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Tuesday, July 19, 2011

Early History of New Orleans Part Un

I have been lucky to have visited some great cities in the US over the years, but one of my favorites is New Orleans. My husband and I had the chance to stay in New Orleans after Hurricane Katrina, and though the Crescent City hadn’t regained its former glory at the time, its spirit was still alive.

I loved every moment in the city: sitting in the outdoor cafés, observing the street performers, savoring the Creole cuisine, admiring the historic homes of the French Quarter. Therefore, when it came time to write about a hero who is the master of his own ship, New Orleans was my first choice for his sea port away from home. The city was calling to me.

Unfortunately—or perhaps fortunately, depending on how you look at it—writing a story in a different setting aside from England required me to do a lot more research. I didn’t have as much information at my fingertips. Even though not much of the story takes place in New Orleans, I wanted to include details to help build the world, and I wanted them to be accurate. Today I’m going to share some of my research and subject you to my commentary on the early origins of this wonderful city.

The French were the first to recognize the strategic significance of a fort at the mouth of the Mississippi, and in 1682, René Robert Cavelier, Sieur de La Salle, led an expedition from Canada down the Mississippi river to its mouth. On April 6, 1683, they reached the salt waters and he placed a cross in the mud, claiming the country for France. It was named Louisiana in honor of King Louis XIV. La Salle probably didn’t realize at the time his outside-the-box thinking would eventually contribute to political and economic failure for his home country.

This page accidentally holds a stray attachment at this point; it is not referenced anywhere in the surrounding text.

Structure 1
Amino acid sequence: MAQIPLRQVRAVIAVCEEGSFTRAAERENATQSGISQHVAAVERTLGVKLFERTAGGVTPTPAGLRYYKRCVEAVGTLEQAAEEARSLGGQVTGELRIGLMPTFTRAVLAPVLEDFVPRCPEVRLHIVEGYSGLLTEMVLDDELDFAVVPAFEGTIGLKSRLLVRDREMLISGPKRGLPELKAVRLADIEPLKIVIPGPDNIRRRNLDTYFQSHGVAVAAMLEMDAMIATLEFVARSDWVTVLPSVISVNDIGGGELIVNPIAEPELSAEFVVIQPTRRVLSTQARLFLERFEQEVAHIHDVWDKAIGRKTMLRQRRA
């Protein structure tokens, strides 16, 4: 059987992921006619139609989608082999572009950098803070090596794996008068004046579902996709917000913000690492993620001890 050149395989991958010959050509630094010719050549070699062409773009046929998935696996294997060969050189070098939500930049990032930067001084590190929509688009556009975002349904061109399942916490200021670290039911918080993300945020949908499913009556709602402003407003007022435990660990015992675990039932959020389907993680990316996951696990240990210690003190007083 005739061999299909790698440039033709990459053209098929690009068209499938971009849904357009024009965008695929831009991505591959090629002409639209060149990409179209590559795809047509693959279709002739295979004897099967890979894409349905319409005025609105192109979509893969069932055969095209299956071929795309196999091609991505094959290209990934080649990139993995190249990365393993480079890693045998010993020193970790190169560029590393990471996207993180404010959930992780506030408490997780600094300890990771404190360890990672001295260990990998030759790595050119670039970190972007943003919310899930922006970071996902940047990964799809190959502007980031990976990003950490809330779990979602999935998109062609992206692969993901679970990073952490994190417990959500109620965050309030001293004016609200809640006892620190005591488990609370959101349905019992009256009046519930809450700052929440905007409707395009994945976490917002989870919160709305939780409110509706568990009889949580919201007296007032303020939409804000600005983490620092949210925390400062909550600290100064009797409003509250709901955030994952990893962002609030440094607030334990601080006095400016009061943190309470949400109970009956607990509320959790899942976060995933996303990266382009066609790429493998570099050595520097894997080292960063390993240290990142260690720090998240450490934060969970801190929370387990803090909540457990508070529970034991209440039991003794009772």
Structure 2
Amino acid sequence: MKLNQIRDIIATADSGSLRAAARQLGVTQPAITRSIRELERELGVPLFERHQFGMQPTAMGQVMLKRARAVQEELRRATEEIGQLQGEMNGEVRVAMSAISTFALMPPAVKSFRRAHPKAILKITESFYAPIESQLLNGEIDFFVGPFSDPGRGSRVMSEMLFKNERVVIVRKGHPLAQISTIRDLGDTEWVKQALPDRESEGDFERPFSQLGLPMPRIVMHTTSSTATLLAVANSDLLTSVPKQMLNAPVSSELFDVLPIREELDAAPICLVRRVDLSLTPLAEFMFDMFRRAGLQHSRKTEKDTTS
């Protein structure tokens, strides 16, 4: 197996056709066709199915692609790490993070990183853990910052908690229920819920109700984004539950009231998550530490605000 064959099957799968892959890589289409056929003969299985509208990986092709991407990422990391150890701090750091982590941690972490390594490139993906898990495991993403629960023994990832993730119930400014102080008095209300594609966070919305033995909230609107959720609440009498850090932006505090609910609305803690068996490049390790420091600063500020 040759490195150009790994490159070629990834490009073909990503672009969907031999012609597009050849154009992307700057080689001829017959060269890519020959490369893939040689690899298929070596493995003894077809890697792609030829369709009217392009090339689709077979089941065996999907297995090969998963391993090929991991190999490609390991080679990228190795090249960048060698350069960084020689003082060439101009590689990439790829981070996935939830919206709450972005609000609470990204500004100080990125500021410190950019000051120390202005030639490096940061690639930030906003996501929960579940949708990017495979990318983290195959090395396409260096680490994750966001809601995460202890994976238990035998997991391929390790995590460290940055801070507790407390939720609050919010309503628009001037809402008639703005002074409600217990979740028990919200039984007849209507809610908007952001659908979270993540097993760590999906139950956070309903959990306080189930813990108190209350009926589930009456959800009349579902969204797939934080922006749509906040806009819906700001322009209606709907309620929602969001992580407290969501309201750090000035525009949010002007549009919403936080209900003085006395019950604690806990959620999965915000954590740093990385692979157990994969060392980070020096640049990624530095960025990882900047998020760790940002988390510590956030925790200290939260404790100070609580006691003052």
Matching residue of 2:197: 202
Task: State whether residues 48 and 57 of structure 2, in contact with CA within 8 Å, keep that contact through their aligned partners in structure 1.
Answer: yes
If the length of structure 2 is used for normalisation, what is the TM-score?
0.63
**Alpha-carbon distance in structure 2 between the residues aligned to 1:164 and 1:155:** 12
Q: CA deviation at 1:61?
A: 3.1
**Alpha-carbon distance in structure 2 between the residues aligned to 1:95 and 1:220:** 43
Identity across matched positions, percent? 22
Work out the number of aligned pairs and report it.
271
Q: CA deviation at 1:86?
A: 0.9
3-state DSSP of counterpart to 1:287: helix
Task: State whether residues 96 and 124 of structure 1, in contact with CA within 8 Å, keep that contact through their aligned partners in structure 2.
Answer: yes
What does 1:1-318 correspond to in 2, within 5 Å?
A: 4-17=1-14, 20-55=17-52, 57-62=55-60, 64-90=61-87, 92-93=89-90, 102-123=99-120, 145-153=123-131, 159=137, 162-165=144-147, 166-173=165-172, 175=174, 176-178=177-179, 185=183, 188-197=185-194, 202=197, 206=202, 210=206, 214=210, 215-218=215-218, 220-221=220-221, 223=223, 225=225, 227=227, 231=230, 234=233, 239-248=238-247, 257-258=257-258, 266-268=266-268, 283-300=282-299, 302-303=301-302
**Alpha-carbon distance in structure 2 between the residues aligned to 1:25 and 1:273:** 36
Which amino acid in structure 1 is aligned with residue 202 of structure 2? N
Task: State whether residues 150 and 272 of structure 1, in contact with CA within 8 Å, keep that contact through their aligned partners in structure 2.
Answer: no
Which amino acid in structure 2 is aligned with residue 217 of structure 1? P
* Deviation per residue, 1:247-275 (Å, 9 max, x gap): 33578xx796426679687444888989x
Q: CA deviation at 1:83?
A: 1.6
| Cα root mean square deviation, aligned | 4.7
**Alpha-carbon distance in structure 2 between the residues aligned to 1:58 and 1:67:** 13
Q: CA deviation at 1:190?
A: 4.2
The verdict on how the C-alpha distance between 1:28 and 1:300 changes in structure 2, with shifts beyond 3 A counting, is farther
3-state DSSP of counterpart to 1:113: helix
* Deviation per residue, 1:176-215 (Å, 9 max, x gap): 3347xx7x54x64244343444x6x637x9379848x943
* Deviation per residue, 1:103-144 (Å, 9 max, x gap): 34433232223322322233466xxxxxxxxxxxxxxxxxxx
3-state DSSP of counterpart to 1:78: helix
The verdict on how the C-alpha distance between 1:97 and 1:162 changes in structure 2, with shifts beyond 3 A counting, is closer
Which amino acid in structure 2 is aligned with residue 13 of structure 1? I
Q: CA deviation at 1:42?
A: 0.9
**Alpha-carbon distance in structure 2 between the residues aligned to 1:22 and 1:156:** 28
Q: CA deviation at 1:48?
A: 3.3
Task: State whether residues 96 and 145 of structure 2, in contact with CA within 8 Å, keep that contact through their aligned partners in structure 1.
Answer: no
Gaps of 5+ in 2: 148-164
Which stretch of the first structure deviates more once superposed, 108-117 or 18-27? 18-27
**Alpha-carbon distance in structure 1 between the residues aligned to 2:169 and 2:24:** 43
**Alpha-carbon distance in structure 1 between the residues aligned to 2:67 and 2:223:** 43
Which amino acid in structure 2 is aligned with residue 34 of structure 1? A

Early attempts at settling the colony were far from successful over the next 65 years. Most original settlers hoped to become rich through mining and fur trade, and no one wanted the life of a farmer. Oddly enough, that meant no crops were planted to prevent starvation. Add on the occasional hostile relationship with the Native Americans, malaria, dysentery and a lot less women than men, and is it any wonder the French had trouble finding volunteers to come to the new colony?

With the various failures to create a thriving settlement, it seems like France would have given up on Louisiana, but instead they decided to make it a proprietary colony in 1712 under Antoine Crozat, Marquis de Chatel. Crozat’s best move was arranging for twenty five women of marriageable age to be brought to the colony. Let’s just say there was a period of contentment for the men. Crozat didn’t see the riches he had dreamed about when he started his venture, and in 1717 the colony was transferred to the proprietorship of John Law’s Company of the West.

Mr. Law was a Scot, a professional gambler and reportedly a good shot. After he killed a man in a duel, he found it wise to leave Scotland rather quickly and eventually made his way to France. He had big aspirations and made big promises to the young Louis XV. In exchange for granting Louisiana to his company, Law agreed to transport six thousand colonists and three thousand African slaves a year to its new acquisition. He couldn’t deliver, but never let it be said he lacked ingenuity.

When it became hard to find volunteers to come to Louisiana, France allowed for the release of some of its prisoners who were willing to sail across the world for their freedom. Later, convicts were forced to come whether they wanted to or not. No more cozy French prison cells for you, mes amis. Since that tactic seemed to work so well, the France began sweeping the streets for prostitutes, vagrants and beggars for an all-expenses paid voyage halfway around the globe.